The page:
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Beginners need to know how to throw the curveball.The curveball grip helps get us started throwing a curve ball.
There are many variations for breaking ball grips. The fingers are basically the same but where the fingers grip the baseball may vary on their position on the baseball.
The middle finger and the thumb are really 99% of throwing a curveball. The index finger rests slightly on the ball but has little impact. Some pitchers actually keep the index finger up in the air.
The middle finger and the thumb both rest against a seam on opposite sides of the ball. This gives the resistance and friction for the middle finger to create sharp spin when releasing the ball.
|Carl Stolz, the founder of Little League baseball said, "I discontinued my connection in 1956, when I saw the way things were going. The national organization in Williamsport began developing into a Frankenstein. I became utterly disgusted. Originally, I had envisioned baseball for youngsters stricly on the local level without national playfoffs and World Series and all that stuff." ('Until it Hurts' by Mark Hyman pg. 12 2009).|
Professional pitchers use this pitching drill daily. Have the pitcher pretend to have already stepped so the feet are spread. Have the partner pitcher or catcher about 40-45 feet away just standing up or slight crouch.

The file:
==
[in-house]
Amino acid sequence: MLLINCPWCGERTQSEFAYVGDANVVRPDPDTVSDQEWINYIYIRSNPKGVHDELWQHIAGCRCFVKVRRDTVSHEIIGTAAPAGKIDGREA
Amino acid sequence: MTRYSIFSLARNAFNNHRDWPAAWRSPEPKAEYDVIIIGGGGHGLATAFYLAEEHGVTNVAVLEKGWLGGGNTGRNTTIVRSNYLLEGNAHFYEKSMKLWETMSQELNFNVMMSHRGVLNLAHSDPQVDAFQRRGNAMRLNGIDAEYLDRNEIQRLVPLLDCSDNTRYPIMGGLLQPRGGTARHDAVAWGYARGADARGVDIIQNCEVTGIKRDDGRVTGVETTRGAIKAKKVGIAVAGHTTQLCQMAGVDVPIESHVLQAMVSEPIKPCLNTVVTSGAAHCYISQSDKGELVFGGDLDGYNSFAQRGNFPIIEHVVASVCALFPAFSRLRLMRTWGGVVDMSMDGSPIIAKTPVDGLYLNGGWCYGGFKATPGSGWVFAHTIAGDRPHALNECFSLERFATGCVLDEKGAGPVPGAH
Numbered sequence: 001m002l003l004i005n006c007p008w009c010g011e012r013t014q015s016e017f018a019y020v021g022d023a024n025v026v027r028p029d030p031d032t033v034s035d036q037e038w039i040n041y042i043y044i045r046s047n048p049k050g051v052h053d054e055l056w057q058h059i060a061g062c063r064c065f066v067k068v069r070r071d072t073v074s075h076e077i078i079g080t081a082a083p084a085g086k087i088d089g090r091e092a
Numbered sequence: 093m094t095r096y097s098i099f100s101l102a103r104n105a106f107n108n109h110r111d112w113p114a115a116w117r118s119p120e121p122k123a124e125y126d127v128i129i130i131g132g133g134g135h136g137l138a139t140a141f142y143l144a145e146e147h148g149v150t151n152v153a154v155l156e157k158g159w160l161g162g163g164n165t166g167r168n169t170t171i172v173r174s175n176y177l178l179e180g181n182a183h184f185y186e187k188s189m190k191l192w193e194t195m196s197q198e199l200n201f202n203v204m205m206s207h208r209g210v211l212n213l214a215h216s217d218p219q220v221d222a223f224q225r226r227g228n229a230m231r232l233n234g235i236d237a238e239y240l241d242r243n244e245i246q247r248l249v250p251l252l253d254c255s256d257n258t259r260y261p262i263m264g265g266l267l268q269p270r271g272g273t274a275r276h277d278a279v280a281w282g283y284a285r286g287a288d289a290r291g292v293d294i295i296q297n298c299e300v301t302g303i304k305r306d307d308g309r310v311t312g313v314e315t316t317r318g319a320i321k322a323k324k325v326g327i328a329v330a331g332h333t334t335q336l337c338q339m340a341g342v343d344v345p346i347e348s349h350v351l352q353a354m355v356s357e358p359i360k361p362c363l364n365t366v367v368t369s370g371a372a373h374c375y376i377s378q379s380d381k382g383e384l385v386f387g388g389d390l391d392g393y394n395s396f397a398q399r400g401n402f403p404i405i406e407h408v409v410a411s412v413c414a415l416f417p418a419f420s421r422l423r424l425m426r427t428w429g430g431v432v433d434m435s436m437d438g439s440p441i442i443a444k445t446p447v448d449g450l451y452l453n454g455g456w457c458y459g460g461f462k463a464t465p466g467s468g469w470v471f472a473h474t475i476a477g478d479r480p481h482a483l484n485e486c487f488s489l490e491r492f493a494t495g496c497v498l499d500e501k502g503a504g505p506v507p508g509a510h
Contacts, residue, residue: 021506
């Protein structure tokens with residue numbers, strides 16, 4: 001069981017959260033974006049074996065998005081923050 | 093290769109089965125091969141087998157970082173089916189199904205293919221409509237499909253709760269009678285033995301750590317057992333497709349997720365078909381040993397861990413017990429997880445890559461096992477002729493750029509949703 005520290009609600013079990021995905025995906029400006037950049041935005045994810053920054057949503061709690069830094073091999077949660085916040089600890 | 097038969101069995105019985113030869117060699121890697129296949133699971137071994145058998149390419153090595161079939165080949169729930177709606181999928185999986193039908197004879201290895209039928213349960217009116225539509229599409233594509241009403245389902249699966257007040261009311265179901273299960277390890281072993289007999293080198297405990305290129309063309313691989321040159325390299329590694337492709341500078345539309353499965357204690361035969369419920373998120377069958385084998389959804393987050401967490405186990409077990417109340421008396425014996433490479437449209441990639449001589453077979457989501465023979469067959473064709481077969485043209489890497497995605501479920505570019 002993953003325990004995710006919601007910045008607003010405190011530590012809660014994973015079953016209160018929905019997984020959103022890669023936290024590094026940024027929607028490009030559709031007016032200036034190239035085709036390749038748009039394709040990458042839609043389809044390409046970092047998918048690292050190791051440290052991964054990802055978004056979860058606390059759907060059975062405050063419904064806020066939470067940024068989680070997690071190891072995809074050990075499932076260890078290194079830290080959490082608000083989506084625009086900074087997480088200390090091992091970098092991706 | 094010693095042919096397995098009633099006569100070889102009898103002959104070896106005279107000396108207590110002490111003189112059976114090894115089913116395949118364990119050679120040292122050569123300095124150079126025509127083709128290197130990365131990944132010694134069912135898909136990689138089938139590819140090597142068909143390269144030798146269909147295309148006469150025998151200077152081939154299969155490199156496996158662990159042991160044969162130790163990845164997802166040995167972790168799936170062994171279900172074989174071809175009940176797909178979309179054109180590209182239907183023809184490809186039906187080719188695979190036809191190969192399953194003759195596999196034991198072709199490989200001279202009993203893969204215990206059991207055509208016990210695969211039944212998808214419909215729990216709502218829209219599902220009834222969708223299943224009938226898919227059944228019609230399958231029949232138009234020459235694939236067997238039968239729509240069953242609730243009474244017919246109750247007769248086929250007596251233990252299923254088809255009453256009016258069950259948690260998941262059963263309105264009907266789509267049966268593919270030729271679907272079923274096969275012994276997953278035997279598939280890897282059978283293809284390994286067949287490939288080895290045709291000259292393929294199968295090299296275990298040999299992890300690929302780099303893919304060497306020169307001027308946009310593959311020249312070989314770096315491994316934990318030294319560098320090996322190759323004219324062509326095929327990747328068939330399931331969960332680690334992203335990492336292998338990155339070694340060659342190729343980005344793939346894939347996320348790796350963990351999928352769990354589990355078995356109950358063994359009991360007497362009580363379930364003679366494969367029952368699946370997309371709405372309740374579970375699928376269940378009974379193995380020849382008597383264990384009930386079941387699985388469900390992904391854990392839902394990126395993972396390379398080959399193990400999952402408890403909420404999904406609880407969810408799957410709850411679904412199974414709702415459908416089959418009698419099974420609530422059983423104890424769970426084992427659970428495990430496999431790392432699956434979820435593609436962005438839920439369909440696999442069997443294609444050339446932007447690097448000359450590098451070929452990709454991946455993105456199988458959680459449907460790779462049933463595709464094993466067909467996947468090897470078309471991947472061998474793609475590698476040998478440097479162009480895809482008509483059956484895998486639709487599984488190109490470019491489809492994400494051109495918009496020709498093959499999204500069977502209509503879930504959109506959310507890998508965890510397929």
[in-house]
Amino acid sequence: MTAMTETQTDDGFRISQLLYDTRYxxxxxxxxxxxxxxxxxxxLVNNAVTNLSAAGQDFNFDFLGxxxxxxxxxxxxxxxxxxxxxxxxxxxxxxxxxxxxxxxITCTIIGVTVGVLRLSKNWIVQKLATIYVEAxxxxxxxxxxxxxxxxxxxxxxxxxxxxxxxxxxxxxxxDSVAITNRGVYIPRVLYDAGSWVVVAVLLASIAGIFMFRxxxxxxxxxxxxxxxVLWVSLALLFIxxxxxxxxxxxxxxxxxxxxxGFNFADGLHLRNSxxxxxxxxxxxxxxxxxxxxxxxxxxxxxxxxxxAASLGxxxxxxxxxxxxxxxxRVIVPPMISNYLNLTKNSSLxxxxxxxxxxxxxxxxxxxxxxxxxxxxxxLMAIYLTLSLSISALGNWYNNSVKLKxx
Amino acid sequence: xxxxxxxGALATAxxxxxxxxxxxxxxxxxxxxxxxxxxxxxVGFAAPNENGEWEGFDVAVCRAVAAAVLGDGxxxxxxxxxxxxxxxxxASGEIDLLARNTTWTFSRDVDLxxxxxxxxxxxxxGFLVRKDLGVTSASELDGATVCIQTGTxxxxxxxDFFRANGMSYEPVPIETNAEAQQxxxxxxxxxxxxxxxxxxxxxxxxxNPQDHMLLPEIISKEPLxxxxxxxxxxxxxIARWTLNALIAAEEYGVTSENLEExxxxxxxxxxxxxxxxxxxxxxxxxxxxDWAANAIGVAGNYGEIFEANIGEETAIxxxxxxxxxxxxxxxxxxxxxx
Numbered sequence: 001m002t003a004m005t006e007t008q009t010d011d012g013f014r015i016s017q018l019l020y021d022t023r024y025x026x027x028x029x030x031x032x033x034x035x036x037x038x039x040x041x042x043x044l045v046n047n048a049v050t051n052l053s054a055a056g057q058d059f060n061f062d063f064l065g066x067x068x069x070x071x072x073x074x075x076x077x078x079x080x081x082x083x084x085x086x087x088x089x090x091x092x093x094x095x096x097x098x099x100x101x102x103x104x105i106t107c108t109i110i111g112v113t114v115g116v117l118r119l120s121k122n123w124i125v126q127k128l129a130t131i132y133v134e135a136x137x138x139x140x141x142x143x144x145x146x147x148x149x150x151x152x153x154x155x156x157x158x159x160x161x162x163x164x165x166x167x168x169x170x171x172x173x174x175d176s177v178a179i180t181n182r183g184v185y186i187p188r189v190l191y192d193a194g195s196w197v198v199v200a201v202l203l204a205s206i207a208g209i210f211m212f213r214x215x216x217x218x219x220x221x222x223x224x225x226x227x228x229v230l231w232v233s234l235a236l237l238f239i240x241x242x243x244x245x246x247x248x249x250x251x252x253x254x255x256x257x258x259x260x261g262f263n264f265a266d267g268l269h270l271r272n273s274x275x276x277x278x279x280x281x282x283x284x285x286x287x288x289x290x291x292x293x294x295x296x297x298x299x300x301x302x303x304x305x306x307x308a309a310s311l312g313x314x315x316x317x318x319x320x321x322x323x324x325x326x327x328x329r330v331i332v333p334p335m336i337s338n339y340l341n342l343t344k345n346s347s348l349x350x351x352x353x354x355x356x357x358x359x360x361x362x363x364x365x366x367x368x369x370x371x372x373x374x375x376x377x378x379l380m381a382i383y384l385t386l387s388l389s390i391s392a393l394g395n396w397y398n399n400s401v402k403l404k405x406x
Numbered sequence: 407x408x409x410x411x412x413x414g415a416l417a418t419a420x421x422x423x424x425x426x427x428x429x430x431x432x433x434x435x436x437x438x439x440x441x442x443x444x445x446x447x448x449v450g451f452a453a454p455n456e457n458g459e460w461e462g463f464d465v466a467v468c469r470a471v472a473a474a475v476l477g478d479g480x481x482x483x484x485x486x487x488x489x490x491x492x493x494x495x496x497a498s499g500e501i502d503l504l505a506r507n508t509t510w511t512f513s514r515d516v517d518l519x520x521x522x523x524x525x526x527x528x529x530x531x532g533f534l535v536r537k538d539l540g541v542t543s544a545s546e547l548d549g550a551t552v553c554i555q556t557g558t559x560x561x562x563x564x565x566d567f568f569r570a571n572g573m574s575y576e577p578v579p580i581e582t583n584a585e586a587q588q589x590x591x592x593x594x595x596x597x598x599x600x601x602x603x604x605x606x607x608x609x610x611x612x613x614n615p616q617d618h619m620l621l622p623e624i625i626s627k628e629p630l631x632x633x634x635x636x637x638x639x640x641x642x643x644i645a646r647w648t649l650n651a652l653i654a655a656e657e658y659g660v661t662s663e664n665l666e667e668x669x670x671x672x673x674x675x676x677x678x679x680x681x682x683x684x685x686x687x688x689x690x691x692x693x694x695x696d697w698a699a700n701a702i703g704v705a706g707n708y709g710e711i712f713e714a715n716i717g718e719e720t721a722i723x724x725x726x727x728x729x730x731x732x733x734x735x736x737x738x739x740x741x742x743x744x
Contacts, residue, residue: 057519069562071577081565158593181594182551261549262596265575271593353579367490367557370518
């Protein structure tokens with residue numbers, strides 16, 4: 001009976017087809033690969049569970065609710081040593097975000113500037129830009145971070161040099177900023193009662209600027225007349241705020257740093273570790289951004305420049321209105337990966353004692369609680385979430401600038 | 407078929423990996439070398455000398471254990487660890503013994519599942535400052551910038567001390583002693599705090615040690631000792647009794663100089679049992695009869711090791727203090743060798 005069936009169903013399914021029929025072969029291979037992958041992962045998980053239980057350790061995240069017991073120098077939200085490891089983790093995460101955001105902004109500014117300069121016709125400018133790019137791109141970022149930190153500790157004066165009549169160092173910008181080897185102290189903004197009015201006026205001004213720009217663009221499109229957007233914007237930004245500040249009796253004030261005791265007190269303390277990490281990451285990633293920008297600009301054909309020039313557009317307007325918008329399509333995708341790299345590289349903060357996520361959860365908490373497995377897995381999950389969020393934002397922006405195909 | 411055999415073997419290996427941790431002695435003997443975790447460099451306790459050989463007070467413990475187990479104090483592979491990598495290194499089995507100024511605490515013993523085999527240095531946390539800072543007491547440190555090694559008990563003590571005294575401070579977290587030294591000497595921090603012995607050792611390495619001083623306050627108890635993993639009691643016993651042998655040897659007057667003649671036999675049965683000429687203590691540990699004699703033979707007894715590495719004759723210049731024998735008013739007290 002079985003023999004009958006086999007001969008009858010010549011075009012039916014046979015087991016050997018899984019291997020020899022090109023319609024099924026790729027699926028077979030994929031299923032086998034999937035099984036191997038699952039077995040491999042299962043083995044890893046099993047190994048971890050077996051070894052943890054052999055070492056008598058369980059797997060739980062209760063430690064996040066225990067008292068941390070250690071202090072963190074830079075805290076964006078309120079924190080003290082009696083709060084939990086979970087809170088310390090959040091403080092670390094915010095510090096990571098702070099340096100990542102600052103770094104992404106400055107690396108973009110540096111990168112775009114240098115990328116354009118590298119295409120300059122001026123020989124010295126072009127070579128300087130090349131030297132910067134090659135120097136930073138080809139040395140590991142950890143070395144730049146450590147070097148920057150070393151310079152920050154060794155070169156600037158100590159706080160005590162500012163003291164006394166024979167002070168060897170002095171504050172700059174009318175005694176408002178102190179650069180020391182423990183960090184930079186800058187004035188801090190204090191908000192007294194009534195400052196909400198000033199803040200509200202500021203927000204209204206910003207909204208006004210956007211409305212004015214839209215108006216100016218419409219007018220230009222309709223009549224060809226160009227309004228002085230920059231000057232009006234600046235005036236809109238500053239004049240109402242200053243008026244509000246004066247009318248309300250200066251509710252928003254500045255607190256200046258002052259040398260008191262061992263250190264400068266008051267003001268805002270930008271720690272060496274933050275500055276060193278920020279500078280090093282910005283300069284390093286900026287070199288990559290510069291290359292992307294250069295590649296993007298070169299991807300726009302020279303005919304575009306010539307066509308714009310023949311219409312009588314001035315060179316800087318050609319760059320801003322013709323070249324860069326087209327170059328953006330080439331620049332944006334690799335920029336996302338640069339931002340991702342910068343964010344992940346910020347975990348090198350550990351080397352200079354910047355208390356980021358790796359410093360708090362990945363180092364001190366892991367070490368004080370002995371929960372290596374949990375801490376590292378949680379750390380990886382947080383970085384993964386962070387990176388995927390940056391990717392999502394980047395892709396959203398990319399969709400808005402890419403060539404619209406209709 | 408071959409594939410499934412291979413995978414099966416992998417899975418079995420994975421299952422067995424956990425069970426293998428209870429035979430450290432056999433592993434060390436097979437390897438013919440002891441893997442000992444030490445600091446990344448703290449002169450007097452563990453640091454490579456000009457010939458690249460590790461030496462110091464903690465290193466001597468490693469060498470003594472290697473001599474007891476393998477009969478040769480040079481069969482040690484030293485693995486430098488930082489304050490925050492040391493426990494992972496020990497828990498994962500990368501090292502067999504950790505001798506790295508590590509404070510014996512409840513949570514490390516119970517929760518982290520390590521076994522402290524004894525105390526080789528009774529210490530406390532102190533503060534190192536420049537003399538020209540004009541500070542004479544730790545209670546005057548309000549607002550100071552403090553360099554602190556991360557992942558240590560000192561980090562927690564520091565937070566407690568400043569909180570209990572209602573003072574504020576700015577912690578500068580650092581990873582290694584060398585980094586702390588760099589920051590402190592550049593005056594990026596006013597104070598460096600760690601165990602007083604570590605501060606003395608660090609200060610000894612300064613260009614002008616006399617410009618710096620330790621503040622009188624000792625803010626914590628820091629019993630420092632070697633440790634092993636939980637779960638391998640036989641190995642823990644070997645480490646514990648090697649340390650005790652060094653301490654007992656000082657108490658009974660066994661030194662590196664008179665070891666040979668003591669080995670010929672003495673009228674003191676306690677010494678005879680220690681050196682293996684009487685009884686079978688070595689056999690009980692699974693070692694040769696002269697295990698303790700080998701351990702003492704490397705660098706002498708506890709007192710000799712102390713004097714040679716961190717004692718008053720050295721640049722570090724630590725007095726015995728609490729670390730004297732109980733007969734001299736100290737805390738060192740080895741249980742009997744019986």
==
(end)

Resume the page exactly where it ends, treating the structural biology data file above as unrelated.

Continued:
The pitcher will prepare to throw a curveball by setting the curveball grip in their glove. Since we already have taken our step just rock back with your weight shifting to your back leg. Break the hands apart and throw the curve ball to the catcher.
The pitch should be pretty slow but should have maximum spin. The curveball is a ‘feel’ pitch so the pitcher has to throw the pitch with spin many times to develop the ‘feel’ and increase the spin revolutions. This drill allows for a youth pitcher to throw several breaking curve pitches without beating up their arm.
Players 12 years old and younger should spend all their pitching innings on the basic non breaking ball pitches. The four seam fastball, the two seam fastball, the straight changeup, and the hump up fastball.
Stay with the basic pitch grips. Avoid trick pitches like knuckleballs and other breaking pitches. Develop command, control and an ability to change pitching speeds with the fastball grips.
Many of the 12 and under youth baseball leagues have given in to the win-at-all-costs approach. The league administrators allow pitchers at these young ages to throw breaking pitches without regard to their baseball development.
The adults in the game have sacrificed their needs to win and jeopardize the player’s health and development. Look at how Little League has totally looked the other way and allowed breaking pitches at the expense of making money televising their games.
Do not succumb to the temptation to win-at-all-costs and put youngsters at risk of career ending arm injuries by allowing kids to throw highly taxing pitches under age thirteen.
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